Enter the Lost World of … THE WARLORD!
The one true success of DC’s Adventure Line was The Warlord. His comic lasted until issue #133 in 1988 – despite a hiatus between issue #2 (April 1976) and #3 (November 1976) of nine months. The character appeared throughout the DC universe – in Crisis, Aquaman, Green Arrow, his own revived series, and in DC’s current mega-event “Convergence”.
Then again, you could argue Warlord was DC’s Adventure Line’s biggest failure! It was the last of the seven comics of the line to appear – and that was in First Issue Special. First Issue Special replaced Showcase as DC’s anthology series for new or revived series. Issues featured Metamorpho and the Creeper, the Green Team and a revival of the New Gods (the only other feature from First Issue Special to get its own magazine). Warlord as its own magazine did not appear until February of 1976 (remember the cover date is about four months ahead of the publication date – it was published around November of 1975). It only lasted two issues.
It did not appear on the stands again until the next summer – the month after the last issue of the only other Adventure Line alum – Claw – was published. It is likely Warlord took Claw’s place on the roster.
Regardless, from May 1975 until December 1988 fans of the non-imprint enjoyed the best of high adventure!
For the purists, July 1975 was the only time a fan of the Line could purchase all seven titles – it was the only month all seven titles were new on the stands (these had October and November cover dates).
Why was Warlord such a late entry? It was published too late to have the Adventure Line ad in it. Why did it appear first in a “try-out” comic instead of its own feature like Kong or Stalker? Were the powers at DC afraid Warlord might not be a success? When I meet the creator again I may ask him…
Warlord was Mike Grell’s baby – he wrote the series through #79 and drew the book until issue #53. Since its original run the title has been revived three times; once as a miniseries and twice as a continuing series – other than the original run the fourth series was the longest and lasted only 16 issues. Even so, these “failed” revivals lasted more issues than most of the other Adventure Line comics!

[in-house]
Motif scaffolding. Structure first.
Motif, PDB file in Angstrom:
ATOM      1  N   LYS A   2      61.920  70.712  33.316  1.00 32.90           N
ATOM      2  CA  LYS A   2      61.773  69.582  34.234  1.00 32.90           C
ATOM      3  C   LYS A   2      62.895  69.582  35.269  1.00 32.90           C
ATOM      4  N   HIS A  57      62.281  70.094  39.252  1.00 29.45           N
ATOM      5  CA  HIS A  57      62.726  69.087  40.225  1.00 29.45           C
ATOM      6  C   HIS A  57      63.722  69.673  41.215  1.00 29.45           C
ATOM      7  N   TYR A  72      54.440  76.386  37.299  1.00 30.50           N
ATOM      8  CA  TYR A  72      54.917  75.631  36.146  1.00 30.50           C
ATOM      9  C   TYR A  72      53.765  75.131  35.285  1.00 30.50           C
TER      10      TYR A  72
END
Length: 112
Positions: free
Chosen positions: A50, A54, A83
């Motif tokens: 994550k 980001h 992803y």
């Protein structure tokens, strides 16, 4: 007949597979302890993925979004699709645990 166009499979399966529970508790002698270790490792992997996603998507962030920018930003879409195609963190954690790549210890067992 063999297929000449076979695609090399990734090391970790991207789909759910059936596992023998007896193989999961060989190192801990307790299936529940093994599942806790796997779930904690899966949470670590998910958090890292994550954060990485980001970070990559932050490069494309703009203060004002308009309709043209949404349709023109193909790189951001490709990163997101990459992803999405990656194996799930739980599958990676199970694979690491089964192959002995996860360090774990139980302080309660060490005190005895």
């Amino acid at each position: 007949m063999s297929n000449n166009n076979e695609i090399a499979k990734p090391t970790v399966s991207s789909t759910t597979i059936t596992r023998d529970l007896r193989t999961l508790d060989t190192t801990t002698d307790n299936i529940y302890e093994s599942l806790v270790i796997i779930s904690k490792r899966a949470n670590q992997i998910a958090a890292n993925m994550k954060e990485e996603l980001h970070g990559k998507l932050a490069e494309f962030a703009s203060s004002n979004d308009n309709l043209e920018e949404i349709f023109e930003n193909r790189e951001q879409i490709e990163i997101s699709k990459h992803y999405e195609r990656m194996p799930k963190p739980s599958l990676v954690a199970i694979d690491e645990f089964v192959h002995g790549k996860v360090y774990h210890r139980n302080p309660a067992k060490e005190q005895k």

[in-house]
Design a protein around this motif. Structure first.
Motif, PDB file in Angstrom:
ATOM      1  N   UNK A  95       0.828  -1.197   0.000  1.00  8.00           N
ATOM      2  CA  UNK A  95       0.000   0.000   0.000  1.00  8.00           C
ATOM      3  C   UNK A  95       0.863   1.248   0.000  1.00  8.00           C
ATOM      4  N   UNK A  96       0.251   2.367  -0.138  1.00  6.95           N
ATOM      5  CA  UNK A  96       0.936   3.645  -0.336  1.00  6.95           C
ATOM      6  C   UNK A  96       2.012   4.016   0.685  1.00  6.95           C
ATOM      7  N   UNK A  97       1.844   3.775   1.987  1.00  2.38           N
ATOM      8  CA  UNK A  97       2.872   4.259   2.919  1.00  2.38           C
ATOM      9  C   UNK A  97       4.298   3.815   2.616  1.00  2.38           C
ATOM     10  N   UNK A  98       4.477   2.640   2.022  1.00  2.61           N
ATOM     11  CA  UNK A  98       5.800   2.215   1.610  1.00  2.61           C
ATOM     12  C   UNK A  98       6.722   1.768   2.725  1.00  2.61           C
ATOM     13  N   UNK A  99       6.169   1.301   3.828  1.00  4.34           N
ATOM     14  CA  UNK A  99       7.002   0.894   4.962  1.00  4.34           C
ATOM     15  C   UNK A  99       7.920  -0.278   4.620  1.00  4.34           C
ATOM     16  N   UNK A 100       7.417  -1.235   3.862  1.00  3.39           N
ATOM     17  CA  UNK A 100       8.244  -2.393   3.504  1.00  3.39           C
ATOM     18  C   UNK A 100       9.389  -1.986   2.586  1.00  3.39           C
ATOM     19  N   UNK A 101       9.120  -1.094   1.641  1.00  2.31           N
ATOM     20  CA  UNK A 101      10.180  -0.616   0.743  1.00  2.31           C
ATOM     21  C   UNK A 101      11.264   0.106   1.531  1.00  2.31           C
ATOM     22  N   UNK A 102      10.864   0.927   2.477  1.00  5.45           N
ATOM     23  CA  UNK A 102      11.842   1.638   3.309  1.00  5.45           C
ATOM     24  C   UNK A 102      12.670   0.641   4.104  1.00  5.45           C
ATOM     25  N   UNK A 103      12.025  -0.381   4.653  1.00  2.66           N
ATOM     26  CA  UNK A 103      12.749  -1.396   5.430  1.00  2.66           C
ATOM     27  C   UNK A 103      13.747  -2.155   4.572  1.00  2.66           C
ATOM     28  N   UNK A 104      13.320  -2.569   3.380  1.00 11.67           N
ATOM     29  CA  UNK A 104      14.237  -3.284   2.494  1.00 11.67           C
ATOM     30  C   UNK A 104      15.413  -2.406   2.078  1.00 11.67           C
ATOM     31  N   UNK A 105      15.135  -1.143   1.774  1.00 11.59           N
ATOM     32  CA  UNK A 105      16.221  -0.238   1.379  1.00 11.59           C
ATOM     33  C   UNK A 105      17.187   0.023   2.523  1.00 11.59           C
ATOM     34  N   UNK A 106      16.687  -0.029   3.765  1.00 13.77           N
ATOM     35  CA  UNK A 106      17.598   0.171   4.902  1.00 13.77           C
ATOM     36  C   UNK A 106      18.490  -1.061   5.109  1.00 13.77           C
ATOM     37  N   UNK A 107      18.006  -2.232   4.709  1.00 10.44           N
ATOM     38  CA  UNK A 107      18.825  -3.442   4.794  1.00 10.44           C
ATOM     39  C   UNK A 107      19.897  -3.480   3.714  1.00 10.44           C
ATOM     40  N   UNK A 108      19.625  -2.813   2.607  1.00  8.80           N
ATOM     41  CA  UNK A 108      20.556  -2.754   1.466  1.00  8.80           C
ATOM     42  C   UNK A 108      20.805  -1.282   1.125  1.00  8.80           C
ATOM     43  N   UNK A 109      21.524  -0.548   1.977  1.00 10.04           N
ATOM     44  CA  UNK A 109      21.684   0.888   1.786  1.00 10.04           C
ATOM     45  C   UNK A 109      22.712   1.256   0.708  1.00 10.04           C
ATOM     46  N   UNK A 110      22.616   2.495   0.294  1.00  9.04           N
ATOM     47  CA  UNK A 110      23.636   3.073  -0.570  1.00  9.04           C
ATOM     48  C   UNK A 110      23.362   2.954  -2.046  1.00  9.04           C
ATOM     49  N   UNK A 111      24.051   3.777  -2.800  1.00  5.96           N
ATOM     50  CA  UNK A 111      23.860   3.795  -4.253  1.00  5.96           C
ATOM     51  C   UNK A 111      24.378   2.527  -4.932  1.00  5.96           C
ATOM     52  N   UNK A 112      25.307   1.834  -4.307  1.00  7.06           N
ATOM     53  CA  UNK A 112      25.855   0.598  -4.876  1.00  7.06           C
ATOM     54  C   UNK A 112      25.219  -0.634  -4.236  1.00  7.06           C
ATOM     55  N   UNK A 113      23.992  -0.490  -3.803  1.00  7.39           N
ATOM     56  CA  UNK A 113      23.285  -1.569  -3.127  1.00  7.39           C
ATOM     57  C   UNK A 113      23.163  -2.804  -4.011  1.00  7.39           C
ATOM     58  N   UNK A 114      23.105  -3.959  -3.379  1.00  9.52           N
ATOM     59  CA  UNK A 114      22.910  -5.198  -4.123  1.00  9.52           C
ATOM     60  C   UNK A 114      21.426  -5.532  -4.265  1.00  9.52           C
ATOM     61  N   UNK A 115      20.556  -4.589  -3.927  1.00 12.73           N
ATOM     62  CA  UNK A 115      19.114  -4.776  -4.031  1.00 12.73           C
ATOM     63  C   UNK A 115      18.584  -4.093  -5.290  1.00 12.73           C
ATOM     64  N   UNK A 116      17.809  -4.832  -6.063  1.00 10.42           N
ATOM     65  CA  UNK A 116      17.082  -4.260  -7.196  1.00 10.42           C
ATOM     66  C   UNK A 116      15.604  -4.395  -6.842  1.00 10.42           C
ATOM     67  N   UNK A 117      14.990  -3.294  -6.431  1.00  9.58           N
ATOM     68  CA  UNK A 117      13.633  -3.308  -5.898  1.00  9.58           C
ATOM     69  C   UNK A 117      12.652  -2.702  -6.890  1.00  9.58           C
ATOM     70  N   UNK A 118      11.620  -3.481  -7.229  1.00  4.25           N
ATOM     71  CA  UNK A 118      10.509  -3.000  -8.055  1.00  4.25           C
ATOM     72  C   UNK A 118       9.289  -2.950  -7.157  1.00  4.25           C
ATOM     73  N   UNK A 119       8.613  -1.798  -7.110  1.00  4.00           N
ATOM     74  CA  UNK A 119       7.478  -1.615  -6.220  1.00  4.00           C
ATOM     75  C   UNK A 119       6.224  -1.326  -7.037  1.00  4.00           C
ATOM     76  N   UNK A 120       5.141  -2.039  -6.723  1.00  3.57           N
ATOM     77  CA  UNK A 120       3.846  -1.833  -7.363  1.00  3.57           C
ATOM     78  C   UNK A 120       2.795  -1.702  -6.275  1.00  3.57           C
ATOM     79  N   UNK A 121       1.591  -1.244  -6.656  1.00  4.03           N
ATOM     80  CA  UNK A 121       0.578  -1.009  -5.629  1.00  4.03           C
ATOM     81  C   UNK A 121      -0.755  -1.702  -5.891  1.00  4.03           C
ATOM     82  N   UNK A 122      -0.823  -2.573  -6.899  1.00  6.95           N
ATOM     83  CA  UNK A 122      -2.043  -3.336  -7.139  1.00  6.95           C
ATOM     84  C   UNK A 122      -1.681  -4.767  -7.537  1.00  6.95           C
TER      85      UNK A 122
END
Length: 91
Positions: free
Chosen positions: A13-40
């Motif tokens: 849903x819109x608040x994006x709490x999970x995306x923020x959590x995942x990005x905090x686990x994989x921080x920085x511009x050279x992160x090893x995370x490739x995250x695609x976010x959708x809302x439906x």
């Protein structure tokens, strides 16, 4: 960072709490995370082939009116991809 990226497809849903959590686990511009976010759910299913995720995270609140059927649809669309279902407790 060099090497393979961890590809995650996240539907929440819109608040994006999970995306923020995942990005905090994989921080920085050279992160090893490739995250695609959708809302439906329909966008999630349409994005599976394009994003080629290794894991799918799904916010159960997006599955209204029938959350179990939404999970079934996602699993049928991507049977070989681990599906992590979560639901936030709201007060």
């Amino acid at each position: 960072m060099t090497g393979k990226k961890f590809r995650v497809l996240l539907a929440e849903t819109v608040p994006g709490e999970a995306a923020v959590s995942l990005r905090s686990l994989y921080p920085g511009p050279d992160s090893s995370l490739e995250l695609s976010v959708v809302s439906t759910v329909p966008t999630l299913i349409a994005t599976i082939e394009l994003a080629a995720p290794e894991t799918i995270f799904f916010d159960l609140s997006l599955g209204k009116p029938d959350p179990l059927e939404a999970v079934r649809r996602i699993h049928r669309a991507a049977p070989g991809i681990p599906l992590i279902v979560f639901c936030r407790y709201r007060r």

I promise not to review all 133 issues, just the first ten (eleven if you count First Issue Special…)! It will give you a good taste of the series.
In fact, issue #50 of The Warlord had a series synopsis of the prior issues in its letter column. As I’ve written here before, since someone has already done the work for me… Ross Andru was the editor and Karen Berger was the editorial coordinator for #50 – the actual writer of these synopses is unknown.
Unless otherwise notes, all issues were written and illustrated by Mike Grell and edited by Joe Orlando.
First Issue Special #8, “This Savage World”, November 1977, Travis Morgan crashes in Skartaris and rescues the princess Tara from the evil Deimos. I got Iron Mike to sign my copy (on the bottom of the page along the dinosaur’s tail…).
#1. “This Savage World”, February 1976, En route to Shamballah, Travis and Tara are captured by slavers. Travis helps free Tara, but is tied and left for dead.
#2. “Arena of Death”, April 1976, Escaping, Travis is captured and made a galley slave. After a sea battle he and fellow slave Machiste are made gladiators. Travis leads the gladiators in revolt when he learns that Tara has been captured by Deimos.